I'd say approximately 200,000-300,000 people are playing on Electronic Arts games on all systems at any one time. 1% of 200,000 is 20,000. They're disallowing approximately 20,000 people from playing a game at any one time. You may say this is too much, but think about it. Battlefield 3 is currently their best-seller and has a high percentage of their players. On one system, there are probably 40,000-60,000 players that play online. That's 120-180,000 there, and Electronic Arts is the publisher for a LOT of games! Therefore, in my honest opinion, it is morally WRONG to take away something so quickly that people paid EXTRA for (remember that they could have just bought it used and never got to play the online for the one year it was available) just because you don't feel like looking at it anymore, which is the truth. I mean, look at Activision. Call of Duty: World at War, after being plagued with hackers, modders, and other unpleasant beings, its numbers dwindled, and there are now only about 2,000-5,000 people on at any one time, yet Activision hasn't deleted its servers. I could understand EA a bit if they made a decision like that, but are you telling me that Army of Two was unpopulated. LOTR: BFME II? These are games that they took away last year and before. I personally know a lot of people that still played those. After all, LOTR: BFME II was and still is the only truly good RTS that currently exists on the Xbox 360. However, they shutdown its servers like it was an old toy being thrown away by a teenager. I am disgusted by their behavior. It's not because of the lack of people playing (which is rarely the case). It's their greed and their obsessive need to cut every cost they can, no matter the ramifications to the customers, while making as much money as they can. I can give a perfect example of this, too. Don't you think there's a reason that after every sports game comes out by EA, they immediately shut down the old one's servers. If you want to play with your friends in a friendly game of virtual basketball or football, you have to pay $60 a year. It's almost like a freaking subscription service! Hell, it IS a freaking subscription service! What's even sadder is that people are willing to do it, willing to spend this $60 a year and letting EA get away with it! Honestly, I'm appalled at the gaming community just as much! We talk, we complain, but we never do a thing, and I know that, after reading this (if anyone does), nobody's going to have a change of heart. At most, you'll probably just acknowledge my points and move on, ready to spend the next $60 next year. It shouldn't have to be regulated. We as consumers can regulate it if we'd actually do something other than whine like a bunch of sissies. We're better than them, so let's show them! On a side note, I just realized my comment actually only addressed the person being commented for about two sentences before it became a full-on rant. Sorry! TL;DR: EA sucks!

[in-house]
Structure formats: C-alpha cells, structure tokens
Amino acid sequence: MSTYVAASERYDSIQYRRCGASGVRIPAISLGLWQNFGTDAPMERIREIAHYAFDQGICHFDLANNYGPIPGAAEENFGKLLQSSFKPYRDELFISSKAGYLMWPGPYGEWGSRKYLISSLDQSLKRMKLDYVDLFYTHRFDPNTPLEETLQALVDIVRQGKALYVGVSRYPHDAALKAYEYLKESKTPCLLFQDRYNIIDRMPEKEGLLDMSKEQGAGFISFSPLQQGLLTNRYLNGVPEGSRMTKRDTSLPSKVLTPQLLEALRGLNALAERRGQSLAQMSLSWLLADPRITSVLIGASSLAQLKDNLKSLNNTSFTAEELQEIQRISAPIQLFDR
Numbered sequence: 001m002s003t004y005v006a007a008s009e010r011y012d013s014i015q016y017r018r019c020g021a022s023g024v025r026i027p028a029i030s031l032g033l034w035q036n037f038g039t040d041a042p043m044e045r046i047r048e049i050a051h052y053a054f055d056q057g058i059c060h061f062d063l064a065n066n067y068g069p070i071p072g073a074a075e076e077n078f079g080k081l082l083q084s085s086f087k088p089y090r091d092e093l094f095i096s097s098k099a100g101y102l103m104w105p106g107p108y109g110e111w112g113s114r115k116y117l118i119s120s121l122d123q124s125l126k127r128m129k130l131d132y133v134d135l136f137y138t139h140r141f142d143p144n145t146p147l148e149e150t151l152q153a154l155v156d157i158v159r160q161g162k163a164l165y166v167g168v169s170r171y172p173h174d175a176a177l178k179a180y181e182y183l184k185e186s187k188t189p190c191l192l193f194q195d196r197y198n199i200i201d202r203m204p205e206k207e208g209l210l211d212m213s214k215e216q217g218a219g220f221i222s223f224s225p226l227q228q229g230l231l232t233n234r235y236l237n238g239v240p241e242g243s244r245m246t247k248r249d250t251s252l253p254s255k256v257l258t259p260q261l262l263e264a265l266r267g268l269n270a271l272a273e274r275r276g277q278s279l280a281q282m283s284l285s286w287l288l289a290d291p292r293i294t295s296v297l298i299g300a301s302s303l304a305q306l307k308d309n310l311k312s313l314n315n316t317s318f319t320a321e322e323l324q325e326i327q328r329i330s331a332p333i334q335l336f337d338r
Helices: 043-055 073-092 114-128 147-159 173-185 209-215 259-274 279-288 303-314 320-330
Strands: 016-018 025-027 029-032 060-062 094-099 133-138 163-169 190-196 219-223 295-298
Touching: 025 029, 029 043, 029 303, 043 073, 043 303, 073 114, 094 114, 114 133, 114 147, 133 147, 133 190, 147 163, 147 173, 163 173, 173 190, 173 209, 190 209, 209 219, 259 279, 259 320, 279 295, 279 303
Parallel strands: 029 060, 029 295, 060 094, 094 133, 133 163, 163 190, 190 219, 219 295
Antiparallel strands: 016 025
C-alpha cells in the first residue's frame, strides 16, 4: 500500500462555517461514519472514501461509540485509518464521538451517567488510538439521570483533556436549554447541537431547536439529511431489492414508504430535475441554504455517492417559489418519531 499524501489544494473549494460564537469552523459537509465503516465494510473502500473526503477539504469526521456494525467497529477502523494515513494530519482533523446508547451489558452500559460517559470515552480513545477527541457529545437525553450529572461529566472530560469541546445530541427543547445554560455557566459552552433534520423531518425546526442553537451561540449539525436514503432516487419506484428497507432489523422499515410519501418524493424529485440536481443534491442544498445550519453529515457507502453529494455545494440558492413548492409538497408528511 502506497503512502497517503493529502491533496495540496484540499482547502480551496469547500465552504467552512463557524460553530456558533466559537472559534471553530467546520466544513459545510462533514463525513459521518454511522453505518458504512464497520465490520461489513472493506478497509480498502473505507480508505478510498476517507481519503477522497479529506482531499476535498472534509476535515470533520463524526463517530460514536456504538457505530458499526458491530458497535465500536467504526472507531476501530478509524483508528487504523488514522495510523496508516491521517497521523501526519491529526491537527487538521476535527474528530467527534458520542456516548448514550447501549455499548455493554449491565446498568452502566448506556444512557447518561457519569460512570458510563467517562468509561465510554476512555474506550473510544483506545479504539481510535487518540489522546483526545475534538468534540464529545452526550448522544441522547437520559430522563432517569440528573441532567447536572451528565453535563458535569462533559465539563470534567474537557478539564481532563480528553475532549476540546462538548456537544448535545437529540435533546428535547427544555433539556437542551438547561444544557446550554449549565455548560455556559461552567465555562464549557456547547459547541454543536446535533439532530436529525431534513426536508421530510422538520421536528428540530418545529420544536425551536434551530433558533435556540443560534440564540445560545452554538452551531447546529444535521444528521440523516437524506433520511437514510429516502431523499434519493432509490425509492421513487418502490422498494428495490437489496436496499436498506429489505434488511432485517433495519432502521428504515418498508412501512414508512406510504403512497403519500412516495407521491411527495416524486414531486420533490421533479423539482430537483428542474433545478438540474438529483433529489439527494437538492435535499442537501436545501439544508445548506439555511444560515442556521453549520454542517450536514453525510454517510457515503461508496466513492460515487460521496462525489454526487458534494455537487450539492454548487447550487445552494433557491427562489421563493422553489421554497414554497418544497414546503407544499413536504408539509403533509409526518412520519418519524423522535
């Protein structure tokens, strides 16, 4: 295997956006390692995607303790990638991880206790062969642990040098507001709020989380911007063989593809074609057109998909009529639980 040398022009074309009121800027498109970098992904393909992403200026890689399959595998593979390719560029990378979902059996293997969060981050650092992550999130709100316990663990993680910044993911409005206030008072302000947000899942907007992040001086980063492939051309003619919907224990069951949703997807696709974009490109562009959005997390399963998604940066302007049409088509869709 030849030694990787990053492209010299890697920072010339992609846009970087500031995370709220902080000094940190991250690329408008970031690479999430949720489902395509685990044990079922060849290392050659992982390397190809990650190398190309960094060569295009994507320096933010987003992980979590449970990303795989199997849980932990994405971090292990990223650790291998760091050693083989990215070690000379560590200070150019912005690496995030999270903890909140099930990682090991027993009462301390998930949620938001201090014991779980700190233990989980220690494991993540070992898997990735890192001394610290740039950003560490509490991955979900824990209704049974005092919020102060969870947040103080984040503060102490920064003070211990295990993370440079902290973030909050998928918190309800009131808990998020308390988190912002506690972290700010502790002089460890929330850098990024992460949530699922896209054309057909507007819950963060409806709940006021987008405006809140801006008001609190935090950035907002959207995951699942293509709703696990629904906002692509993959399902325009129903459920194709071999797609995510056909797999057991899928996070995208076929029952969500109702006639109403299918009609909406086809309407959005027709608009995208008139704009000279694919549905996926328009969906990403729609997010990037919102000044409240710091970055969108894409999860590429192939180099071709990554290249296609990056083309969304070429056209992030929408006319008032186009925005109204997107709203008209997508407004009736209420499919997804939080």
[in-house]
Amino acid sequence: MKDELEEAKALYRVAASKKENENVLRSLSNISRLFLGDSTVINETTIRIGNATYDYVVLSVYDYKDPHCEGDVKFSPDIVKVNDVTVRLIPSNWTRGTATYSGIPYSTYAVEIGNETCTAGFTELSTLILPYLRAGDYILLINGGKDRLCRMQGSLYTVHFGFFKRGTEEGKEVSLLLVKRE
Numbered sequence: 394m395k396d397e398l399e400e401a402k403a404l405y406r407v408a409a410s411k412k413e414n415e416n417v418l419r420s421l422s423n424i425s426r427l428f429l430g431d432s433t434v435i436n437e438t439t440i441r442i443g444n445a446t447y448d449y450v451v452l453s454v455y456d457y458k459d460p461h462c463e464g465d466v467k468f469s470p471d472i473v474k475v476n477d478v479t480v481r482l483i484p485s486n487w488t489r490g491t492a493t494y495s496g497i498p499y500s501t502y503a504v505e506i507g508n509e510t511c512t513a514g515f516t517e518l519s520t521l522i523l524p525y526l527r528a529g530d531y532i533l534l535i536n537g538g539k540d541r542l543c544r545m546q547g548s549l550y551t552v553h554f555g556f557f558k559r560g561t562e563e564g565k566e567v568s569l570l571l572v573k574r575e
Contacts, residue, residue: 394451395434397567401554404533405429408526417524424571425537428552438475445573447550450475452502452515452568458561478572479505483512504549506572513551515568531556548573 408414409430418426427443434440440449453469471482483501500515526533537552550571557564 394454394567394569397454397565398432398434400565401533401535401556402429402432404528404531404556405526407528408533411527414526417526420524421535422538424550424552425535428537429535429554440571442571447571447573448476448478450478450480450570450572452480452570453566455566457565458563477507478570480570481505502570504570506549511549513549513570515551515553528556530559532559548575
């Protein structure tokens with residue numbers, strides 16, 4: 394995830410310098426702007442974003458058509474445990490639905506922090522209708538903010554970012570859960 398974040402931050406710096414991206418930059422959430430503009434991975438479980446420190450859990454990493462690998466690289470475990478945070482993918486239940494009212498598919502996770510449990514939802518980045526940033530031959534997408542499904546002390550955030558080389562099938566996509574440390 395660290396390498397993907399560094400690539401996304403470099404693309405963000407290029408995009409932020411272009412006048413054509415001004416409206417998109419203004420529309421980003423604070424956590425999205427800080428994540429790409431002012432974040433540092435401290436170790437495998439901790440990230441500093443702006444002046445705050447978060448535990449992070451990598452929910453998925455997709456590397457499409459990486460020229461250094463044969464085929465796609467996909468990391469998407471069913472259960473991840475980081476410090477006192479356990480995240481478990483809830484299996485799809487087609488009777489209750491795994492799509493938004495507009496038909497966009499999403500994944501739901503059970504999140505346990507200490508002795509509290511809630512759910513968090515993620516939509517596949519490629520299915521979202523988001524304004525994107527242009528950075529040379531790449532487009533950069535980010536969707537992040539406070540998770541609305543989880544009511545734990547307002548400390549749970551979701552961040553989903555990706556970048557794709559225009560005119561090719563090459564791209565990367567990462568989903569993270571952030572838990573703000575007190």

• Whit - March 20, 2012 1:55 p.m.

    Ummm--last time I checked the math says 1% of 200,000 is 2,000. But you might educated in the states--I think math works different over there.
  • General Zax - March 28, 2012 2:57 p.m.

    Oops! My bad! My point still stands, though not as strongly. 2,000 people playing at one time is still a rather large number, and when you go out of your way to pay extra for a game new or buy an Online Pass, then a 2,000 player minimum suddenly becomes a lot higher. I can understand if you see one to two people every week playing a game, but when there's still a relatively significant portion playing (LOTR: BFME, Army of Two, etc.), the servers should not be shut down. And yes, I know that LOTR: BFME nor Army of Two had Online Passes, but what if they had? Do you think it would have made a difference to EA? Obviously not!
  • Canvas_Of_Flesh - March 19, 2012 10:24 a.m.

    But I thought the money from online passes goes to server costs...
  • Voodoowolfe - March 19, 2012 5:07 p.m.

    Exactly. I had loaned out MMA to a friend and was just going to get it back. Damn.
  • Baron164 - March 19, 2012 10:12 a.m.

    Yet another reason that the online pass system is crap, they turn off the server a year later and you loose half the functionality you paid for. I still don't see why they make these games rely on EA servers. If they just made things peer to peer then the servers wouldn't be necessary. I can only assume they think that would mean less money for them.